Rep. Paul Ryan (R-Wis.), Mitt Romney's choice as vice presidential running mate for the November US presidential election, is credited as the lead author of a budget passed by the House of Representatives this past spring that could lead to spending cuts in research and development across the government, including funding for biomedical research, according to the American Association for the Advancement of Science.
AAAS's analysis of the House budget, which reduces total discretionary spending for next year by around 5 percent as compared to President Obama's proposal, found that non-defense related research and development would be cut by around 8 percent compared to the White House's plan and by around 5 percent compared to this year's non-defense R&D level.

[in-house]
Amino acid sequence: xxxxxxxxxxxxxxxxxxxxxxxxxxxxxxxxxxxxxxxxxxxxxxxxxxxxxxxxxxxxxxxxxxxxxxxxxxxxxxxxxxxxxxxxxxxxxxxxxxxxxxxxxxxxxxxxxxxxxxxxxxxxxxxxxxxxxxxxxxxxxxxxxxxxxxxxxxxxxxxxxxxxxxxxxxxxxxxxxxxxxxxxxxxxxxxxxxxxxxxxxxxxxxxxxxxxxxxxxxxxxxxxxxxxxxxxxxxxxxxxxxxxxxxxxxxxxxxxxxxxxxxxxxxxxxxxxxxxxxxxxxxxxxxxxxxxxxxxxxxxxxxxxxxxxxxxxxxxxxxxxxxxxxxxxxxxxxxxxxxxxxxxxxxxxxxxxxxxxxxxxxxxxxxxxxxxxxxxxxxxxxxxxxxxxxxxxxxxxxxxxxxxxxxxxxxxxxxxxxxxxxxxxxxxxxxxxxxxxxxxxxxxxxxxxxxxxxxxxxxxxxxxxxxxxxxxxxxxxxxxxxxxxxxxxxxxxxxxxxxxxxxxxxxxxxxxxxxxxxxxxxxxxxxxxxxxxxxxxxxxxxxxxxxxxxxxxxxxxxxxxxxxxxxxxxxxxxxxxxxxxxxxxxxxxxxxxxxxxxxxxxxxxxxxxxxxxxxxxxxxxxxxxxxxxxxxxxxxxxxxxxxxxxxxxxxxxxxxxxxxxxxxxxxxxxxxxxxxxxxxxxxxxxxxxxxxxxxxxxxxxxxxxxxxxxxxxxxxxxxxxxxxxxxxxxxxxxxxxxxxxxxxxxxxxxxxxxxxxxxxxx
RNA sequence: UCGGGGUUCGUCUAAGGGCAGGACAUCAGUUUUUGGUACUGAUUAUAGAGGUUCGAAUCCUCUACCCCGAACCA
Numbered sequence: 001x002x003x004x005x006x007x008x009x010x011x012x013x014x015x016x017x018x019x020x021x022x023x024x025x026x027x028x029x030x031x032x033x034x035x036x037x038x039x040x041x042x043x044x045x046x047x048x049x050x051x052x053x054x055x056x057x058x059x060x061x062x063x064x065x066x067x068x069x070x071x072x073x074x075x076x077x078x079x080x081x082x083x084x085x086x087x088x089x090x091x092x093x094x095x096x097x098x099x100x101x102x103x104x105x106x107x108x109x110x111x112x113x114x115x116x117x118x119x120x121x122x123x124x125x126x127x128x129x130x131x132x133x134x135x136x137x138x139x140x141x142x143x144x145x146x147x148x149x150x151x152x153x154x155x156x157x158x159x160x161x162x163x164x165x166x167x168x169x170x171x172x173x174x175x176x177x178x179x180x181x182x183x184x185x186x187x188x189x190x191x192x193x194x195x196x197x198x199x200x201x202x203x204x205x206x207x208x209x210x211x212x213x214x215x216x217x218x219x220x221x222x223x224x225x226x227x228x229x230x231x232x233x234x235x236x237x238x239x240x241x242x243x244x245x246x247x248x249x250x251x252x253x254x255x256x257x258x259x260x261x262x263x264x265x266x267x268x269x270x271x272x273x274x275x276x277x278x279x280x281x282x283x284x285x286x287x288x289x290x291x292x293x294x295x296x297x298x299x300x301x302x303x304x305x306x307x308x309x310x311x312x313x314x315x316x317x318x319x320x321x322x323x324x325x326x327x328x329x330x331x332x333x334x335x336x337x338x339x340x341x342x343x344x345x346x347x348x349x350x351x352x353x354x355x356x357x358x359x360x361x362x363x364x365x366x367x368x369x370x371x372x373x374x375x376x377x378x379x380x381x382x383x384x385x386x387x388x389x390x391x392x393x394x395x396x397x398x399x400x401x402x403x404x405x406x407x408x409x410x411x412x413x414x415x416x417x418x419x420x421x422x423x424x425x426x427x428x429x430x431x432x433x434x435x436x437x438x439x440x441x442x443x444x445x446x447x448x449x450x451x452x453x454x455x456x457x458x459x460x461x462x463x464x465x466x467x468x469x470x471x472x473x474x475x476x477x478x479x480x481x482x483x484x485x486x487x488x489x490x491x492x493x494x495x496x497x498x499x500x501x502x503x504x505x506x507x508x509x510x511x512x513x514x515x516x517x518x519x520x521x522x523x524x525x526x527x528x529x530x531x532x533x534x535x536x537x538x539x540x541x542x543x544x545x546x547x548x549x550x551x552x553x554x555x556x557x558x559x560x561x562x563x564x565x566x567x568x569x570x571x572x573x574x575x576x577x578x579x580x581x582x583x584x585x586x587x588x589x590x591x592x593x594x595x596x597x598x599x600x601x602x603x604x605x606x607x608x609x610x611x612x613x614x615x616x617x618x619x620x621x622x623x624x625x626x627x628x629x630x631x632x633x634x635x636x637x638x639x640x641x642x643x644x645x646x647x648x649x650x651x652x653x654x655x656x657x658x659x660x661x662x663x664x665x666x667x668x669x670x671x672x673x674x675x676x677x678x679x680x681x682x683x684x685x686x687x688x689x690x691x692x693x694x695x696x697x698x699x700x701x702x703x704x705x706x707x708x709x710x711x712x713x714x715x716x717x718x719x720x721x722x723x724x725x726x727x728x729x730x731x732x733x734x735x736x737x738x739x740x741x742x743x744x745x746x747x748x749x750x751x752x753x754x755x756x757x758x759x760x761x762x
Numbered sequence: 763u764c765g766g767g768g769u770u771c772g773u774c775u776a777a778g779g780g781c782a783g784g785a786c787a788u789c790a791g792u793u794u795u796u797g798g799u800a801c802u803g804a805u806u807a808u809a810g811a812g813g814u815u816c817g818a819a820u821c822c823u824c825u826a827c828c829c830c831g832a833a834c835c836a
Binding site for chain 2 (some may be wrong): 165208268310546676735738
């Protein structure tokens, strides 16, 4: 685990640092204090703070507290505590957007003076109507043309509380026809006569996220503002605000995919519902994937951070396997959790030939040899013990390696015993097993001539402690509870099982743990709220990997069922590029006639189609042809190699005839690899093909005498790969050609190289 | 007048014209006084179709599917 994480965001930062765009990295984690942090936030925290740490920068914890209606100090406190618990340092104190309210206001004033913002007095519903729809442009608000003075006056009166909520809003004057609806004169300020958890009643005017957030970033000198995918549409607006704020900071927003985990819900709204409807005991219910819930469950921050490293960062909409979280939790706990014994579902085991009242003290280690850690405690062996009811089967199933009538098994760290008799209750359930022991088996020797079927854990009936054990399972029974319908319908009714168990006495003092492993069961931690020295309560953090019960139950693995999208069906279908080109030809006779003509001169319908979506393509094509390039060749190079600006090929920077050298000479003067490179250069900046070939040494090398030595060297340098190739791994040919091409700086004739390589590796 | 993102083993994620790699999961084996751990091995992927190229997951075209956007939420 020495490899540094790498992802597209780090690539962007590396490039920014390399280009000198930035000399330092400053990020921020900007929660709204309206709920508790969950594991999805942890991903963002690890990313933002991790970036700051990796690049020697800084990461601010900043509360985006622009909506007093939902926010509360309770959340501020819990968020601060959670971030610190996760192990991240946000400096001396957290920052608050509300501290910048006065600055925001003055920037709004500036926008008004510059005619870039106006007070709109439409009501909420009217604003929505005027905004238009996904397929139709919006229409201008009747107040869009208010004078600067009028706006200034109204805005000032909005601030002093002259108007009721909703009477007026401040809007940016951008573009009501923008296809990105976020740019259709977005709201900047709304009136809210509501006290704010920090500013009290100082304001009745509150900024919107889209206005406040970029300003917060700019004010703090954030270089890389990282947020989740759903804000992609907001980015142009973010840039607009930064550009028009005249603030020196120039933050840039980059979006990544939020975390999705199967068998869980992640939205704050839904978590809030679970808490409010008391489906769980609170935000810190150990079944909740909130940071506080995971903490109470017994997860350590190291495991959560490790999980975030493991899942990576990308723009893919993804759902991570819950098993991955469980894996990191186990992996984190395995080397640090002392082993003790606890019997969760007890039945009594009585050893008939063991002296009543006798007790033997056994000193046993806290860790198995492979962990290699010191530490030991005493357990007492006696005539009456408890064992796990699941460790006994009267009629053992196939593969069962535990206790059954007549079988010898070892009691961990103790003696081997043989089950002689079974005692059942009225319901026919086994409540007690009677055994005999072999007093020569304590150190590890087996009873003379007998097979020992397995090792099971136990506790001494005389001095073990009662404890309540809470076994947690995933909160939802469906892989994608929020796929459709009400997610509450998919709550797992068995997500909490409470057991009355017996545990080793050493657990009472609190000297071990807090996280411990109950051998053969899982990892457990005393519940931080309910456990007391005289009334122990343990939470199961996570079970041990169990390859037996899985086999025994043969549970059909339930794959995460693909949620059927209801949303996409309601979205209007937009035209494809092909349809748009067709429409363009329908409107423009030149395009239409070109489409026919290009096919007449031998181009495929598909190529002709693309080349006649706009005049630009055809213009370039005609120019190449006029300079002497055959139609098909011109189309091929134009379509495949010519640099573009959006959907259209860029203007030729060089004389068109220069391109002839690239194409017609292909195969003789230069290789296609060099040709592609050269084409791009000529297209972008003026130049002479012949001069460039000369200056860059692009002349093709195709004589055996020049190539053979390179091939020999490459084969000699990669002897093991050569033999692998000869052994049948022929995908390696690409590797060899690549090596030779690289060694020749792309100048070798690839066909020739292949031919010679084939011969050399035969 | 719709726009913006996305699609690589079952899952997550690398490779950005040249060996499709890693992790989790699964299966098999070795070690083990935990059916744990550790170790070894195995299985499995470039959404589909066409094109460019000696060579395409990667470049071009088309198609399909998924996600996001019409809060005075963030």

The House resolution would not affect all R&D areas evenly as health research, conducted primarily at the National Institutes of Health, would receive a 1 percent cut, while energy efficiency and clean energy research would be cut in half and R&D at general science agencies such as the National Science Foundation would be cut by 6 percent compared to the current budget.
If by the end of 2012 Congress and the White House have not reached an agreement to avoid the budget sequestration that is set to kick in then, the budget cuts to R&D would be magnified — a roughly 8 percent cut would take effect, according to AAAS.
The organization's analysis suggests that if the sequestration were to be applied to the House budget, it could result in 12 percent reductions to R&D and about 16 percent cuts to non-defense R&D.
Since he announced Ryan as his running mate last week, Romney has said that he is not running for office with Ryan's budget as its platform. However, the House's passage of the 2013 proposal puts Ryan's proposals on the table for budget talks, regardless of who wins the election.